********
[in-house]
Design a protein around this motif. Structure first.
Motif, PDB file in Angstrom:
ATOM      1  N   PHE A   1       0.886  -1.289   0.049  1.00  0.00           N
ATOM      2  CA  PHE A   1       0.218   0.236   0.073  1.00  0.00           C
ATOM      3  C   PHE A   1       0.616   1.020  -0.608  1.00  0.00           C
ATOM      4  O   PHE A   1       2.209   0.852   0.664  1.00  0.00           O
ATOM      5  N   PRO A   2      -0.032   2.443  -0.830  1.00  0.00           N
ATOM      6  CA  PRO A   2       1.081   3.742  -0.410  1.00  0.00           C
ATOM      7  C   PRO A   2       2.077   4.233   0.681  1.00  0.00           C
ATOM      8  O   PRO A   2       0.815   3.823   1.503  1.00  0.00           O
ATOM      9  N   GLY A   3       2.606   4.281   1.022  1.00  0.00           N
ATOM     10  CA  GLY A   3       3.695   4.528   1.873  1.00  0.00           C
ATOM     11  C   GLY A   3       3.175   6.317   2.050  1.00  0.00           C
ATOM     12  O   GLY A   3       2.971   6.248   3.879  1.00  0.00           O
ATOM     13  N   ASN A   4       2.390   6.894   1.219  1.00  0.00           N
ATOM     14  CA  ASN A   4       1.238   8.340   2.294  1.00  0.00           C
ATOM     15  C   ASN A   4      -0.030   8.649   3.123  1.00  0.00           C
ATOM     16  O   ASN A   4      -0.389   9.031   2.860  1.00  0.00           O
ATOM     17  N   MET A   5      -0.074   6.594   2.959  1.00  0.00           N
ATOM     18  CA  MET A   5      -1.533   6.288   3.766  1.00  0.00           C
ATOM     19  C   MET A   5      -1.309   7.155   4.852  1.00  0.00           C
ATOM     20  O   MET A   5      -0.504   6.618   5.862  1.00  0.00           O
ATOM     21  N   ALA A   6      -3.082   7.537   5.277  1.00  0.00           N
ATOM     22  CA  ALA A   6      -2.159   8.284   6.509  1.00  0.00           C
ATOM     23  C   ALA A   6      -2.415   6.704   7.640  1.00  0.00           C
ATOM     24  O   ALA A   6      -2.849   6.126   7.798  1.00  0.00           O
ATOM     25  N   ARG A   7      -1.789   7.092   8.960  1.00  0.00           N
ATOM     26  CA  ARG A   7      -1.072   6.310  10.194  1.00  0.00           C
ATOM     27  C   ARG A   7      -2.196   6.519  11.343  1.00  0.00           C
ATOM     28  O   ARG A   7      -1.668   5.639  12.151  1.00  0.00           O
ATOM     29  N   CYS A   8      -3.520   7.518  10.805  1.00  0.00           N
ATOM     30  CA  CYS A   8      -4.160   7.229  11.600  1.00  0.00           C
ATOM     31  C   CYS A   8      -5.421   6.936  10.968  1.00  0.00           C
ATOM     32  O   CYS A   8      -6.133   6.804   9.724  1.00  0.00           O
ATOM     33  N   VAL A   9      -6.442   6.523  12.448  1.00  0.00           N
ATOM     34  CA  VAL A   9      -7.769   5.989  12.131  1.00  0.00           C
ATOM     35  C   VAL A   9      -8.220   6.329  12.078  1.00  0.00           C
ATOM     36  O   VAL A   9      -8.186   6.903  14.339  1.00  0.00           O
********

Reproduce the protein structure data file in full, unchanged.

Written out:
[in-house]
Design a protein around this motif. Structure first.
Motif, PDB file in Angstrom:
ATOM      1  N   PHE A   1       0.886  -1.289   0.049  1.00  0.00           N
ATOM      2  CA  PHE A   1       0.218   0.236   0.073  1.00  0.00           C
ATOM      3  C   PHE A   1       0.616   1.020  -0.608  1.00  0.00           C
ATOM      4  O   PHE A   1       2.209   0.852   0.664  1.00  0.00           O
ATOM      5  N   PRO A   2      -0.032   2.443  -0.830  1.00  0.00           N
ATOM      6  CA  PRO A   2       1.081   3.742  -0.410  1.00  0.00           C
ATOM      7  C   PRO A   2       2.077   4.233   0.681  1.00  0.00           C
ATOM      8  O   PRO A   2       0.815   3.823   1.503  1.00  0.00           O
ATOM      9  N   GLY A   3       2.606   4.281   1.022  1.00  0.00           N
ATOM     10  CA  GLY A   3       3.695   4.528   1.873  1.00  0.00           C
ATOM     11  C   GLY A   3       3.175   6.317   2.050  1.00  0.00           C
ATOM     12  O   GLY A   3       2.971   6.248   3.879  1.00  0.00           O
ATOM     13  N   ASN A   4       2.390   6.894   1.219  1.00  0.00           N
ATOM     14  CA  ASN A   4       1.238   8.340   2.294  1.00  0.00           C
ATOM     15  C   ASN A   4      -0.030   8.649   3.123  1.00  0.00           C
ATOM     16  O   ASN A   4      -0.389   9.031   2.860  1.00  0.00           O
ATOM     17  N   MET A   5      -0.074   6.594   2.959  1.00  0.00           N
ATOM     18  CA  MET A   5      -1.533   6.288   3.766  1.00  0.00           C
ATOM     19  C   MET A   5      -1.309   7.155   4.852  1.00  0.00           C
ATOM     20  O   MET A   5      -0.504   6.618   5.862  1.00  0.00           O
ATOM     21  N   ALA A   6      -3.082   7.537   5.277  1.00  0.00           N
ATOM     22  CA  ALA A   6      -2.159   8.284   6.509  1.00  0.00           C
ATOM     23  C   ALA A   6      -2.415   6.704   7.640  1.00  0.00           C
ATOM     24  O   ALA A   6      -2.849   6.126   7.798  1.00  0.00           O
ATOM     25  N   ARG A   7      -1.789   7.092   8.960  1.00  0.00           N
ATOM     26  CA  ARG A   7      -1.072   6.310  10.194  1.00  0.00           C
ATOM     27  C   ARG A   7      -2.196   6.519  11.343  1.00  0.00           C
ATOM     28  O   ARG A   7      -1.668   5.639  12.151  1.00  0.00           O
ATOM     29  N   CYS A   8      -3.520   7.518  10.805  1.00  0.00           N
ATOM     30  CA  CYS A   8      -4.160   7.229  11.600  1.00  0.00           C
ATOM     31  C   CYS A   8      -5.421   6.936  10.968  1.00  0.00           C
ATOM     32  O   CYS A   8      -6.133   6.804   9.724  1.00  0.00           O
ATOM     33  N   VAL A   9      -6.442   6.523  12.448  1.00  0.00           N
ATOM     34  CA  VAL A   9      -7.769   5.989  12.131  1.00  0.00           C
ATOM     35  C   VAL A   9      -8.220   6.329  12.078  1.00  0.00           C
ATOM     36  O   VAL A   9      -8.186   6.903  14.339  1.00  0.00           O